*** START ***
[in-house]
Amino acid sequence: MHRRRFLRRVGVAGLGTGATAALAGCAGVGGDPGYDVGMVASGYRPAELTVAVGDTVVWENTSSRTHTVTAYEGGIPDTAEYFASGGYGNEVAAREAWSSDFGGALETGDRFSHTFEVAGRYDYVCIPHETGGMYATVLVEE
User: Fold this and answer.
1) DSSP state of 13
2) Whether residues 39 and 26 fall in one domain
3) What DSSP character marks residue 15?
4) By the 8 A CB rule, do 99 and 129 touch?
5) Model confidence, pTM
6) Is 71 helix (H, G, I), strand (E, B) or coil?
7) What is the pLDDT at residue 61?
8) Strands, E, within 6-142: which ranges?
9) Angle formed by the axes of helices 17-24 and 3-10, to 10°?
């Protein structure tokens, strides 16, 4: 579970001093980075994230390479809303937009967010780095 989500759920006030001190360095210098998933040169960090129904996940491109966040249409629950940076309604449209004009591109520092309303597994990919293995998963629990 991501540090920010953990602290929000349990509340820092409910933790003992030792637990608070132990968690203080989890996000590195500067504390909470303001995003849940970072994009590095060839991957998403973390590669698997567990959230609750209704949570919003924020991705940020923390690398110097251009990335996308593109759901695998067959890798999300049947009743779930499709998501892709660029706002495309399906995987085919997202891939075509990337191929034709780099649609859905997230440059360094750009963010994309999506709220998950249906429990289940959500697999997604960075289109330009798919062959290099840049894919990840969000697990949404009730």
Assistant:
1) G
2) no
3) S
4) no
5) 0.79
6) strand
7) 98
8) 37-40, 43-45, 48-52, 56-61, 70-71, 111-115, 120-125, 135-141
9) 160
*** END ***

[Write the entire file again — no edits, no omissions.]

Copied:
[in-house]
Amino acid sequence: MHRRRFLRRVGVAGLGTGATAALAGCAGVGGDPGYDVGMVASGYRPAELTVAVGDTVVWENTSSRTHTVTAYEGGIPDTAEYFASGGYGNEVAAREAWSSDFGGALETGDRFSHTFEVAGRYDYVCIPHETGGMYATVLVEE
User: Fold this and answer.
1) DSSP state of 13
2) Whether residues 39 and 26 fall in one domain
3) What DSSP character marks residue 15?
4) By the 8 A CB rule, do 99 and 129 touch?
5) Model confidence, pTM
6) Is 71 helix (H, G, I), strand (E, B) or coil?
7) What is the pLDDT at residue 61?
8) Strands, E, within 6-142: which ranges?
9) Angle formed by the axes of helices 17-24 and 3-10, to 10°?
């Protein structure tokens, strides 16, 4: 579970001093980075994230390479809303937009967010780095 989500759920006030001190360095210098998933040169960090129904996940491109966040249409629950940076309604449209004009591109520092309303597994990919293995998963629990 991501540090920010953990602290929000349990509340820092409910933790003992030792637990608070132990968690203080989890996000590195500067504390909470303001995003849940970072994009590095060839991957998403973390590669698997567990959230609750209704949570919003924020991705940020923390690398110097251009990335996308593109759901695998067959890798999300049947009743779930499709998501892709660029706002495309399906995987085919997202891939075509990337191929034709780099649609859905997230440059360094750009963010994309999506709220998950249906429990289940959500697999997604960075289109330009798919062959290099840049894919990840969000697990949404009730």
Assistant:
1) G
2) no
3) S
4) no
5) 0.79
6) strand
7) 98
8) 37-40, 43-45, 48-52, 56-61, 70-71, 111-115, 120-125, 135-141
9) 160